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TAS Country : August 26th 2010
Friday, August 27, 2010 Tasmanian Country 7 News NZ spud disease import fear Richard Mulcahy This has the potential to be catastrophic for the Australian potato industry .' ALLOWING News Zealand potatoes into Australia could wreck the nation's potato industry, according to Ausveg chief Richard Mulcahy. The zebra chip disease, spread by the tomato-potato psyllid, had caused wide- spread destruction in New Zealand, Mr Mulcahy said. ''This has the potential to be cata- strophic for the Australian potato industry and I must say that I've been very surprised at the lack of appreci- ation for the gravity of the situation by Biosecurity Australia in the dis- cussions we've held with them,'' he said. ''The information we're getting from experts who've travelled to New Zea- land investigating the devastation this disease has caused there, is that there is so much we don't know about the disease that we'd be crazy to take the risk by importing potatoes from coun- tries like New Zealand, which we know are highly infected.'' Mr Mulcahy said it had been esti- mated tomato-potato psyllids had cau- sed losses of $43 million for New Zealand producers in 2008/09. Tasmanian Farmers and Graziers Association vegetable council chair Mike Badcock said: ''In past times we have had potatoes come in from New Zealand for processing, but it was done under very, very tight restrictions. ''In the case of fresh-market potatoes it could be a disaster if if there was a virus in the potato. People take those potatoes home and grow them in their gardens and all of a sudden we've got virus-infected potatoes growing in our environment.'' Mr Badcock said while potatoes were still an important part of Tasmania's vegetable industry, some farmers were choosing to grow more economical crops. He has not grown potatoes at his Forth property for five years and has moved into cabbages and cauliflowers, oriental lily bulbs, peas, poppies and beans. ''I found the economics didn't add up, with the risk that if you got a disease it was going to take you a lot of money to get out of,'' he said. Mr Badcock said the Australian vegetable industry was facing enough challenges without introduced pests and diseases being added to the mix. ''There's a couple of young farmers in my area who recently sold up,'' he said. ''This is the last thing we want to happen, young people leaving the industry because potatoes and other crops aren't lucrative enough. ''A recent outbreak in New Zealand of zebra chip virus made the costs of potato growing over there rise con- siderably. We're struggling to cover the current cost.'' Federal Braddon MP Sid Sidebottom said imported potatoes must not be allowed to threaten the Tasmania's processing industry. Mr Sidebottom said he had written an urgent letter to Agriculture Minis- ter Tony Burke to alert him to the situation and ask for urgent attention. ''The potato industry is a key part of agriculture in the North-West, and it supports a significant processing sec- tor, which is a major employer in the region,'' he said. Greens Senator for Tasmania Chri- stine Milne said Tasmania was famous for its potatoes and the industry could not afford to be put at risk by diseases. Tomato growers were also at risk. ''The scientists admit that they don't enough about this zebra chip disease and certainly New Zealand biosecurity doesn't know how the tomato-potato psyllid got to New Zealand. ''If New Zealand doesn't know how it got in with its strong biosecurity regime, why would anyone think we could keep it out?'' she said. HELPING HAND: Financial counsellor Paul Briant is concerned some farmers might not know about the RFCST service. Picture: CHRIS KIDD Money mentor eases the pain JENNIFER CRAWLEY Now is the time they need to be looking at cash reserves for the next 12 months. We can call on them on the farm, help them crunch those numbers and help them with a cashflow plan.' A NEW rural financial counsellor has been appointed to help vegetable producers affected by the McCain factory closure in the north west. Paul Briant will work alongside counsellor Judy Pinny who has provided services in the region since 2007. Mr Briant has worked in accounting for the past 15 years, most recently as a business manager with Tasmanian company WHK on the North-West Coast. He said he was unaware Rural Financial Counselling Services Tasmania existed until he saw his position advertised. ''My grandparents had been farming,'' Mr Briant said. ''The nature of this work is so positive.'' Mr Briant said there were farmers who might not know about the service because they had not needed assistance in the past. He said it was difficult to say how many farmers were affected by the McCain closure. ''Very few of them have approached us for out and out help and declared themselves as McCain farmers,'' Mr Briant said. He said he expected to get inquiries from farmers with cashflow problems early next year --- the time they would normally be harvesting. ''It would be good if they were speaking to us sooner rather than later,'' he said. ''Now is the time they need to be looking at cash reserves for the next 12 months. We can call on them on the farm, help them crunch those numbers and help them with a cashflow plan.'' RFCST has established a new office above the Elders rural store at Wynyard. The two RFCST counsellors give free support to farmers, fishers and small rural business operators. They visit clients on properties and help with cashflow budgets and financial analysis. The counsellors help with succession planning, retirement issues and access to government programs and assistance. RFCST executive officer Elizabeth Skirving said Mr Briant trained with Ms Pinny who works with dairy farmers in the region. ''I am confident that Paul will be a valuable member of our team,'' Ms Skirving said. ''He understands farming, he understands family enterprises and he understands the pressures experienced by farm families.'' Ms Skirving encouraged farmers and small rural businesses who were concerned about future prospects or those experiencing difficulty to make contact with the service as soon as possible. More information is available by phoning 1300 883 276 or visiting rfcstasmania.com.au.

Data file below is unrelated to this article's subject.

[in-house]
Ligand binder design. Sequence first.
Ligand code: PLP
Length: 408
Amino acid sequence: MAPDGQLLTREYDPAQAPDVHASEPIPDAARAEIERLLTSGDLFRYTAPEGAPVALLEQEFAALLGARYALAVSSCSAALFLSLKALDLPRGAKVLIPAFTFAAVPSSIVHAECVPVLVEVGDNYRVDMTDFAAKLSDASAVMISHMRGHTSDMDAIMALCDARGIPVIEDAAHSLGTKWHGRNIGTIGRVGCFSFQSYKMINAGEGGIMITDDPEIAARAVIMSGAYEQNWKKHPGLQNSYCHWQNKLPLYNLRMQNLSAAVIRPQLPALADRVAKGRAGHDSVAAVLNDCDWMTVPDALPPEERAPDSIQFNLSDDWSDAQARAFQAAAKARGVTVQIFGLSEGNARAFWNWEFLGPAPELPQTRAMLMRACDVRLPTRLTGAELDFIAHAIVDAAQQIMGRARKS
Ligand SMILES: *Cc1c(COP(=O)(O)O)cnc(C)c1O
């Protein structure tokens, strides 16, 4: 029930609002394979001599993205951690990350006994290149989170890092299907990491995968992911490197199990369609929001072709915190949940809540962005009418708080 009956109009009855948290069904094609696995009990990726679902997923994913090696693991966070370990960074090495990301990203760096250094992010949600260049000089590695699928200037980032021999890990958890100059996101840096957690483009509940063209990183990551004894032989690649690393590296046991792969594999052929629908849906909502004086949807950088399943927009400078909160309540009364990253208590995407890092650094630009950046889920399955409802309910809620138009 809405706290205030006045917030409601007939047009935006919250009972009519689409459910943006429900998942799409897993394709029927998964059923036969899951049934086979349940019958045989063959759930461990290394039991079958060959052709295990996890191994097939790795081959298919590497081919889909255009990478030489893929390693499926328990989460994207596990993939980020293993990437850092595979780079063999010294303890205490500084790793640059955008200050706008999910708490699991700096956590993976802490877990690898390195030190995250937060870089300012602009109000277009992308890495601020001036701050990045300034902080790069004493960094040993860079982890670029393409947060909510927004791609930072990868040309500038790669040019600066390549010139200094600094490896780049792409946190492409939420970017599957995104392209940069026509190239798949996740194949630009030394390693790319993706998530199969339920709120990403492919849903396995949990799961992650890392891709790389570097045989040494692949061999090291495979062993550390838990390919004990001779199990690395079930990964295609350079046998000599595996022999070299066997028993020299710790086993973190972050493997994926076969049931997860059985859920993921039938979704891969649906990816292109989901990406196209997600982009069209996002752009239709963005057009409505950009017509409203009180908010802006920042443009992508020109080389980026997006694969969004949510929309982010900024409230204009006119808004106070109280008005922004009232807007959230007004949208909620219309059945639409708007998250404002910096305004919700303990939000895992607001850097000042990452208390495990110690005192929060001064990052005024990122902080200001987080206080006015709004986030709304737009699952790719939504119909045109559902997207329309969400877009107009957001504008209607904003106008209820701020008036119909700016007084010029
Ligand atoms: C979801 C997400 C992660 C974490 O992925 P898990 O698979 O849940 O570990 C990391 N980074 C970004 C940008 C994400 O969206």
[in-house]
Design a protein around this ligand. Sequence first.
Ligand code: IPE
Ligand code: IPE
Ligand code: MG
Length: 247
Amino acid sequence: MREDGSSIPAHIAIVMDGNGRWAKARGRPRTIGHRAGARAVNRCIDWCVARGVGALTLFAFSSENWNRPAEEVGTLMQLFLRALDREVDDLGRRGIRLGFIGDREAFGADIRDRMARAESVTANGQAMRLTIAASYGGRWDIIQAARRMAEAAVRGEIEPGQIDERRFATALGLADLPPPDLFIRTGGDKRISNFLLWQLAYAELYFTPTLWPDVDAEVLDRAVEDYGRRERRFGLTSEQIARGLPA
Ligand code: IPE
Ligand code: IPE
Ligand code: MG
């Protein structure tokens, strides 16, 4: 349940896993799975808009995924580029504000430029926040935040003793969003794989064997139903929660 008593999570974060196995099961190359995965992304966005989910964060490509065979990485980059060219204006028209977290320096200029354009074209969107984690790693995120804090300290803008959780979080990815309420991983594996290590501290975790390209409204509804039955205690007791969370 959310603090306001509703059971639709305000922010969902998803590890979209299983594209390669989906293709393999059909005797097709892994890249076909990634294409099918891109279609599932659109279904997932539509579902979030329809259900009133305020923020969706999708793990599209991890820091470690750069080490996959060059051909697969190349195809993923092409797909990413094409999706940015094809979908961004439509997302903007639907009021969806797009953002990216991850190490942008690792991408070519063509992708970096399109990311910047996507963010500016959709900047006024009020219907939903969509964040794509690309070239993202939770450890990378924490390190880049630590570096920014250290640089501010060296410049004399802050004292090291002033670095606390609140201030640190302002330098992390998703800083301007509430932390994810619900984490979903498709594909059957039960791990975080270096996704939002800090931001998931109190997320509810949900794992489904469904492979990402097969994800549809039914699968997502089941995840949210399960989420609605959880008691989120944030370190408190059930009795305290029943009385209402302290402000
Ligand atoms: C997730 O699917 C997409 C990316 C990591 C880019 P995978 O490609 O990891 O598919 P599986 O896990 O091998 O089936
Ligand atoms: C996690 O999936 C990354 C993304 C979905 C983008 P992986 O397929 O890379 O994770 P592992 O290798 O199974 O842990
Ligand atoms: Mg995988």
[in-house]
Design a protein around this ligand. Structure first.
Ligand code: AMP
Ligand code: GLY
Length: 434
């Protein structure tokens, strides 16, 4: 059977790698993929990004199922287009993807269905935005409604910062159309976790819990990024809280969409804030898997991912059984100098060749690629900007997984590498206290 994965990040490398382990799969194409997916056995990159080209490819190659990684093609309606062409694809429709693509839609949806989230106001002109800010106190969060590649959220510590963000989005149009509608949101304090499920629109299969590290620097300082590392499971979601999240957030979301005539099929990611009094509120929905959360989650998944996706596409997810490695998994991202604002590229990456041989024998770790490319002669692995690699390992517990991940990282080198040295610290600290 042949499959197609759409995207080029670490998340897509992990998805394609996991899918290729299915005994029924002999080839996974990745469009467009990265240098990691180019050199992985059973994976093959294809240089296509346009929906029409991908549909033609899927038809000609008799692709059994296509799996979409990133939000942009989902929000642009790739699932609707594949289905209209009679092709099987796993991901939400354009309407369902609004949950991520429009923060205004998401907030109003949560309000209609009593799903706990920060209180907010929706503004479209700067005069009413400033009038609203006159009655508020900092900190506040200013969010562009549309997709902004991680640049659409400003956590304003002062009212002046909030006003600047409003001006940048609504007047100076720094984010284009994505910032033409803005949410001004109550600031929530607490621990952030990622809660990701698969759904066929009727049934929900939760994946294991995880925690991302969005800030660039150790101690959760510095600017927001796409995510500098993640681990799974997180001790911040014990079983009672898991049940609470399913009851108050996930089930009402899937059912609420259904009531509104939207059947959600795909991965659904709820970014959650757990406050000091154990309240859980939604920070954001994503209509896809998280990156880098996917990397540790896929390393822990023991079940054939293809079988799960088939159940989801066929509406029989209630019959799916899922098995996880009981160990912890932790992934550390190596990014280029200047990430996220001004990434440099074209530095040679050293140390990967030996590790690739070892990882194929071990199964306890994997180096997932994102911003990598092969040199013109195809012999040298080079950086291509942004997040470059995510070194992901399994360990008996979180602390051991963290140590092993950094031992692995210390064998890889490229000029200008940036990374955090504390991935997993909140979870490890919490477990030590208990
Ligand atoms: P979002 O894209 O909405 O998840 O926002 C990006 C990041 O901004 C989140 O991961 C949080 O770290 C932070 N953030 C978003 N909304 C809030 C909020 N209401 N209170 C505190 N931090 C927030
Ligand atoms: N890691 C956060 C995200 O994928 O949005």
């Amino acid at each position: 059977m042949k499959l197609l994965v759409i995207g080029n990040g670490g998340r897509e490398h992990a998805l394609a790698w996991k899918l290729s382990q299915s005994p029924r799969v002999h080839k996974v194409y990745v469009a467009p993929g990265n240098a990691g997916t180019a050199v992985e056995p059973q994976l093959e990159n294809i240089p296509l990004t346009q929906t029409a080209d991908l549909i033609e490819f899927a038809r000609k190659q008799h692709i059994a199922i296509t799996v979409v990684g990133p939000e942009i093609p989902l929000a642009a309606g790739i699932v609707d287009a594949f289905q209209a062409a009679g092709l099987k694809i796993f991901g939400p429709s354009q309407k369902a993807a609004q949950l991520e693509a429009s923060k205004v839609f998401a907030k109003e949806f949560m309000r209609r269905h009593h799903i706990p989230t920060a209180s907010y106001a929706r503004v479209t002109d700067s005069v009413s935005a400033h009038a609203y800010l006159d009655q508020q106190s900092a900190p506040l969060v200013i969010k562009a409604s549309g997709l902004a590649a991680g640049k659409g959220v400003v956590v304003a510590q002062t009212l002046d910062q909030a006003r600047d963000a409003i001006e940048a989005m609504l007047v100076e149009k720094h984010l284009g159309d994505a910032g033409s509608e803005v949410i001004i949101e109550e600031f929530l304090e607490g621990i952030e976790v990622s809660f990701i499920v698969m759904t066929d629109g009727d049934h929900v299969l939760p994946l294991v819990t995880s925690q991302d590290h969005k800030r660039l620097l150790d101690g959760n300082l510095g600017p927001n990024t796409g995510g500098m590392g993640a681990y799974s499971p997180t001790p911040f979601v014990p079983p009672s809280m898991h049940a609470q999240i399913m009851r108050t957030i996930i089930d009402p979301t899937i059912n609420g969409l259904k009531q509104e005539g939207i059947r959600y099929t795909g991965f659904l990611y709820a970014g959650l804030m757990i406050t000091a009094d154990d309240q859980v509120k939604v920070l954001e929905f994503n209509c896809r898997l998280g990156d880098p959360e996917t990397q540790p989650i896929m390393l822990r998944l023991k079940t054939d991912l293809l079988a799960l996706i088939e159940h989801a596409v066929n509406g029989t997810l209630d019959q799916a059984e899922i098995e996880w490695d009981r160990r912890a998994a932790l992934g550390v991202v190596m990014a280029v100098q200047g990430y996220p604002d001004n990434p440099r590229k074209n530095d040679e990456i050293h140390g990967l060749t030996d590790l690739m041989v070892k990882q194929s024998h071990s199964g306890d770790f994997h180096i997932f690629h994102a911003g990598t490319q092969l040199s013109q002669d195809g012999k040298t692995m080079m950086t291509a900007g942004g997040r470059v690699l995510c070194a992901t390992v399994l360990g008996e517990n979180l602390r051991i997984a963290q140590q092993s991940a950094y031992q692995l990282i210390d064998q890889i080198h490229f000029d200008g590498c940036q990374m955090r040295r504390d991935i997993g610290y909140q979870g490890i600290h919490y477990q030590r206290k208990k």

August 19th 2010
September 2nd 2010